5. What I'm trying to say is that faith in Becoming is present both in atheist and in theist. A Becoming that builds and destroys. That faith is universally widespread. But it is only faith, nothing proved. As Parmenide said, but also Einstein and the Big Bang theory too, this idea of Becoming is probably wrong. That is, Becoming does not consist in birth and dead of Being (entities), but only it is the appearing of Being.
  6. I very appreciated your analysis. It clearly shows the difficulties we have to face trying to master our knowledge basis. I’d like to point out that often those difficulties are generated by a misunderstanding of how our mind works. That is, all those axioms (like “existence exists”, “A is A”, and so on...) come from the idea our thought proceeds step by step. Where each step is meant as something of concrete, definite. In such a way that after a step has been gained it will be guaranteed in the future. That is not true at all. Our thought is dialectical! There is nothing of definite and guaranteed in thought process. Any concept needs to be refreshed again and again, because it is not written on stone. It’s a big expression of rational power to keep the concept: “A is A”. Because of its dialectical working. Where nothing is done for sure for ever. Without “A is A” our mind would be lost. We need energy to keep that concept. Energy is necessary because rationality continuously has to face its enemy: the Chaos. In spite of all that, the law of identity is only valid within our rationality. Applying it to the whole world we make a mistake. In physical world, A is never A. And because existence consists in subject / object, for existence to exist... another unknown subject would be necessary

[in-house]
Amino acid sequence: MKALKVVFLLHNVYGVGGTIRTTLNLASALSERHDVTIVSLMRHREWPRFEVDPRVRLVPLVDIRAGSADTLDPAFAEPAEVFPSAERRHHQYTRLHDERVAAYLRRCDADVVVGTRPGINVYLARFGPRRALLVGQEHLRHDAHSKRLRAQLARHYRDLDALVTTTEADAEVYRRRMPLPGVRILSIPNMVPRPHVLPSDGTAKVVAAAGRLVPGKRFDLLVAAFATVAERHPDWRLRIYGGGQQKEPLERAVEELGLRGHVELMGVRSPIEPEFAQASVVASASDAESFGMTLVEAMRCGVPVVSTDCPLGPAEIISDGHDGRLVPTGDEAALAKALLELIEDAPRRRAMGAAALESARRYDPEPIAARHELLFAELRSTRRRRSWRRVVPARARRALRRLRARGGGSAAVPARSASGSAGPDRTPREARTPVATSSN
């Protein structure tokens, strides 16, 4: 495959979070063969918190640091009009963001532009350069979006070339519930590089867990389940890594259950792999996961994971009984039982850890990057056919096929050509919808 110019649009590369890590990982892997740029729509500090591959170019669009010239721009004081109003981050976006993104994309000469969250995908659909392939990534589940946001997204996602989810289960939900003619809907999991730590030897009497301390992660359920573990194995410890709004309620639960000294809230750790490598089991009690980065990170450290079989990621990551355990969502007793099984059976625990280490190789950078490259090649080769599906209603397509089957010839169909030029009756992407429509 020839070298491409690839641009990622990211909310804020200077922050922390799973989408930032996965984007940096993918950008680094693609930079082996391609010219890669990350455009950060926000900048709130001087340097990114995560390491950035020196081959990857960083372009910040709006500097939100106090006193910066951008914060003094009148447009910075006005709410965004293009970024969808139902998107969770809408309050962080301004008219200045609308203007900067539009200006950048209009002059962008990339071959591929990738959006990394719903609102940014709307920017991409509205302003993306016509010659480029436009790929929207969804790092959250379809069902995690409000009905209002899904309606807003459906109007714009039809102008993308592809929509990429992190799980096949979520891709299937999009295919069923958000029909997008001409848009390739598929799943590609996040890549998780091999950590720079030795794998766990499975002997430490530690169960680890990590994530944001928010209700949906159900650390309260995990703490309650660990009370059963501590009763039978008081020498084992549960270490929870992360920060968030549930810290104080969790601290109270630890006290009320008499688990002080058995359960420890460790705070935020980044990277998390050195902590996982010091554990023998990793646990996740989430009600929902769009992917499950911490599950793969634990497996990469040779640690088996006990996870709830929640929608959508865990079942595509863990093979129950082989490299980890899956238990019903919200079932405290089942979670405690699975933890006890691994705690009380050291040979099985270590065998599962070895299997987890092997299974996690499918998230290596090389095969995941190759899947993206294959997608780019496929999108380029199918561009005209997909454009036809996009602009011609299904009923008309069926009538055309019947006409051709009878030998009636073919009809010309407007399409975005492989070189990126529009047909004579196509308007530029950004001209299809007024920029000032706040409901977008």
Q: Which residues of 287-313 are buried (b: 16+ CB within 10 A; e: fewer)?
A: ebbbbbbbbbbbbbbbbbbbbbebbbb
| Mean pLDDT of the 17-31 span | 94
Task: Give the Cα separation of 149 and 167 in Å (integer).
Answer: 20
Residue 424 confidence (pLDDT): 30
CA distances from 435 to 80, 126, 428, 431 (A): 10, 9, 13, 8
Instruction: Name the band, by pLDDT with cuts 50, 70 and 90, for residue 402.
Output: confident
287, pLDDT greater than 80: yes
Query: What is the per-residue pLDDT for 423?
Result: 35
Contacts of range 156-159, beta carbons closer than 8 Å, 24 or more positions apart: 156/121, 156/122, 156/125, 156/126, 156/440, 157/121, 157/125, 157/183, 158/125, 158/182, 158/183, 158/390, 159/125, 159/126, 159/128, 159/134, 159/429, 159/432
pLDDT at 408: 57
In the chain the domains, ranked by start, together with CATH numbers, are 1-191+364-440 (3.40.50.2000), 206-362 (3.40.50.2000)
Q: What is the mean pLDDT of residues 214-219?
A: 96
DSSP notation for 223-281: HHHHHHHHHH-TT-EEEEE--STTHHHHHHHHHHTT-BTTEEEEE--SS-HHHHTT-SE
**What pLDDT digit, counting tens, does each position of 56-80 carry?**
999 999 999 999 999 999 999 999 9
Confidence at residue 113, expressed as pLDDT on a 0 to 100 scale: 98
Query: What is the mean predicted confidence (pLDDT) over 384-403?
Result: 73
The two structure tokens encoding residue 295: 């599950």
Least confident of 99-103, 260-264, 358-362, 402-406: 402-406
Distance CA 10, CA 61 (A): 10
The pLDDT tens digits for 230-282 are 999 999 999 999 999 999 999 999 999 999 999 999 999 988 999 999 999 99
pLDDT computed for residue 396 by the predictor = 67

7. I agree, it’s irrational believing in God existence or not. Any way, those choices come from a rational understanding of our world. In fact God existence (or not existence) is the answer given to the widespread rational view of reality. That rational view of reality comes before any thinking about God. First we have an understanding of realty, and this understanding is believed as absolutely true. Then we may start thinking about God possibility. Reality, for atheists and believers, it’s only what is here, now, into the present. Whereas what was or what will be it’s not real, but it only was real or it will be. Real, for atheists and believers, it’s just what is living here, now, in the present. So reality is understood as Being living in the present, and this Being is continuously under attack by Becoming. That easily causes existential distress. God can be a good remedy to that distress, and that’s the believer’s choice. While atheists are more courageous and are facing without any remedy the Becoming. For believers there it must be an uncaused cause, while for atheists the cause - effect chain does not have an origin. Two different answers to the same reality rational view. That is, atheists and believers have the same faith! The faith in the Becoming (understood as birth and dead of Being). It is a faith because no proof we have to say for sure that is the Truth. Believers are only adding to that faith another faith, as a remedy, the faith in God. Deeply in our mind there is however another more powerful faith... That Being is and it can’t be not. That is, the Becoming is impossible.